The doctor told Laurel that her daughter is pretending. It is natural (Good call Doc!), and she will be fine. Laurel wonders for a moment if maybe it is just normal to have an imaginary friend. What about “Drop Dead Fred?” (Awesome imaginary friend) The family decided to stay out for the day after visiting the pediatrician, and Brian said they had an awesome day. It was a normal, relaxing day, but eventually the family had to return home.

Brian and Laurel took Isabella home and she began to get very quiet and was acting very scared. They were free from the house for the entire day and the child was able to be without Emily, so it much have been peaceful. Yet now they were home and Brian and Laurel panicked to see what appeared to be “a whole wall of happiness” that was now on the floor in a pile. All of their family photos were off the walls and lying in the middle of their living room floor. Brian explains it was about twenty pictures in a large pile.

The family wanted to leave and move immediately but financially were unable to. Brian never believed in ghosts and never saw a ghost, but now he was experiencing things he could not explain, and he was becoming more and more freaked out. Just as things could not get any worse, Isabella ran into their room screaming “Daddy, the white face is in the window again.” Brian jumped up and followed his panicked daughter, and there in the window was what appeared to be a full apparition of a face. You would think this family would huddle together and stay in one room!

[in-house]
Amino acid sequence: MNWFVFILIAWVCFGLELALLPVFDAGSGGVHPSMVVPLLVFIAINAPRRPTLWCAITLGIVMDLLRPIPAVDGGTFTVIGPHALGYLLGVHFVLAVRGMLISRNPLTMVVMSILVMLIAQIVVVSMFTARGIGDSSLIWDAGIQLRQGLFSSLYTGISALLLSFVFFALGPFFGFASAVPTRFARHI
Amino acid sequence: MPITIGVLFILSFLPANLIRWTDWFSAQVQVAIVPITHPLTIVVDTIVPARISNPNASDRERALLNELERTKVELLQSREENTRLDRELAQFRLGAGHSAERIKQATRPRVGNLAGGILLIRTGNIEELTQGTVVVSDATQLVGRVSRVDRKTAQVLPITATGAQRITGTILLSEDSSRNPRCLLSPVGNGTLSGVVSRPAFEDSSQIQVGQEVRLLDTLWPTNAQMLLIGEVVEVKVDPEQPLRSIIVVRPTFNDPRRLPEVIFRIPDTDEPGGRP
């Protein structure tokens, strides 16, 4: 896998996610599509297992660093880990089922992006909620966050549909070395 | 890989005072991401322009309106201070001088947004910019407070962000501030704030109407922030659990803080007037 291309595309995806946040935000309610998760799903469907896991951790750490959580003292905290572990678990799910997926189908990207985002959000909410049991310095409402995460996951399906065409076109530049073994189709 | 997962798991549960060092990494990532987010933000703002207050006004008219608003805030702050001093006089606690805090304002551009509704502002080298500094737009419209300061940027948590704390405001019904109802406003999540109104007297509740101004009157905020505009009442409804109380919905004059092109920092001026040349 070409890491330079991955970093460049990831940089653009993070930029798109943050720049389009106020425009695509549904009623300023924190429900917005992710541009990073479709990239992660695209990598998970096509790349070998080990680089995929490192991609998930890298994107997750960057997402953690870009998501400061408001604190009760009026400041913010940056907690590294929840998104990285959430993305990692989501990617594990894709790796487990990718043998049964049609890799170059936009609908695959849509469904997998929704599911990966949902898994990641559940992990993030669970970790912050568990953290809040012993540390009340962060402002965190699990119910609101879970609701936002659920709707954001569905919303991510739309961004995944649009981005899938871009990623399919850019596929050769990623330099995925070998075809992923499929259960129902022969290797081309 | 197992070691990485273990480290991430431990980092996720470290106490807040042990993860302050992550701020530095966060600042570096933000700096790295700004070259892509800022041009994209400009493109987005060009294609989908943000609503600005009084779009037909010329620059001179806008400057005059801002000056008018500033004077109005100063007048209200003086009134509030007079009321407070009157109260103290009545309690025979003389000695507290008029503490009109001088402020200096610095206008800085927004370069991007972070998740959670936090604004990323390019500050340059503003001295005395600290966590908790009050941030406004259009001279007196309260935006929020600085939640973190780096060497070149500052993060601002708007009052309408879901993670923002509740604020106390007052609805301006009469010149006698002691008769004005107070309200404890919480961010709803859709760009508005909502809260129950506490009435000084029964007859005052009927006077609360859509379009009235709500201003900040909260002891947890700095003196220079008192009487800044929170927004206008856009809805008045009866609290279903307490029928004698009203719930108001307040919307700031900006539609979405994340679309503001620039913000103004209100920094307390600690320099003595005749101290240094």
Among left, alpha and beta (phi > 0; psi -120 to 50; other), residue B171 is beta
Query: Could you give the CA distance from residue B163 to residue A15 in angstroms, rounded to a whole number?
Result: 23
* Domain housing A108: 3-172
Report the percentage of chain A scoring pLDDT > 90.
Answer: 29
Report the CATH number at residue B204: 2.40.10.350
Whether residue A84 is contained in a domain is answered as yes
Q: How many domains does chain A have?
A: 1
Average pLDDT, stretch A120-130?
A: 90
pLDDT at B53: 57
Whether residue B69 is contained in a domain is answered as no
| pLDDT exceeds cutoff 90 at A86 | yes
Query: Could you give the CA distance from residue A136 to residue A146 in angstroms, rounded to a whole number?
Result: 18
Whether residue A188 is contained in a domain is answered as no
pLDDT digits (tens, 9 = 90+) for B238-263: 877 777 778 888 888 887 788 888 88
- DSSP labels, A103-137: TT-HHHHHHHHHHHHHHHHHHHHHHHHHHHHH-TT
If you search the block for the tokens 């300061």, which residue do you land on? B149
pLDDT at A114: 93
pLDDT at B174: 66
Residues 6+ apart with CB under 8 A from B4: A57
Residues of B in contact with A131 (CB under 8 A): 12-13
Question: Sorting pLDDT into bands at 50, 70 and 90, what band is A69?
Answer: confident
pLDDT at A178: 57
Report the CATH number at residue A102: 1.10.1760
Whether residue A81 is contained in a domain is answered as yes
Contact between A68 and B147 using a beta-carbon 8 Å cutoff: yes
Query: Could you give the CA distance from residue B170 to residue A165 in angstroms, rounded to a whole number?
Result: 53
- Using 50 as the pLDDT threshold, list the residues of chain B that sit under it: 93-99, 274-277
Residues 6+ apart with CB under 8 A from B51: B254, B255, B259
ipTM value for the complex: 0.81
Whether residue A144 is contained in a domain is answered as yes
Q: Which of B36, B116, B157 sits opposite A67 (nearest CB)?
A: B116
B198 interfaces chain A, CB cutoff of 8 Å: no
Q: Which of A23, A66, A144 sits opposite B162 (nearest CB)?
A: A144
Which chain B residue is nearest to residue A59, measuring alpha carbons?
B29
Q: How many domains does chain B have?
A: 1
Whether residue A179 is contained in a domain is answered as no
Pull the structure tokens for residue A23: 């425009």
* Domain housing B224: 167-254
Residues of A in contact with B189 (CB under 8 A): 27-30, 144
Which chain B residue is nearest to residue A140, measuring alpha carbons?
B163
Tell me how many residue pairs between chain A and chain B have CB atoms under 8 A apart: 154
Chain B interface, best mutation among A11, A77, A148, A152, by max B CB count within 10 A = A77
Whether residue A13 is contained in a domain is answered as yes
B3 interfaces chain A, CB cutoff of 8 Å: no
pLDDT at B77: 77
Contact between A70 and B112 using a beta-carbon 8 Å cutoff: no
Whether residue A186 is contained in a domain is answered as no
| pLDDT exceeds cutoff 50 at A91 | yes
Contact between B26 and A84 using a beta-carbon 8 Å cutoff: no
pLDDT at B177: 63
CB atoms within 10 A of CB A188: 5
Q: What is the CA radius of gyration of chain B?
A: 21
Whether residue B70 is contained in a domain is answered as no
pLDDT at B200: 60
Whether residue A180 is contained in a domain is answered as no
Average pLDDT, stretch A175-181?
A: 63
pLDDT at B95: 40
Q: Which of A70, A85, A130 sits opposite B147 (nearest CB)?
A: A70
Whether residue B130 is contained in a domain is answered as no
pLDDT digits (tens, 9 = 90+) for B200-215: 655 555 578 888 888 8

Brian finally admits that he now believes in ghosts or whatever it is tormenting his family. Laurel calls the vibe in her house dark and disturbing, and seems to just now be noticing this. The negative vibe prompted her to ask her mother to take Isabella for a while so Laurel could paint a mural of bright glowing, soft colors in Isabella’s room. She settled on painting a mural of “The Wizard of Oz,” because nothing says safety like the Wicked Witch of the West! (Feel free to insert witch riding music here.) She should have just gone with “The Addams Family” décor; at least they were always happy.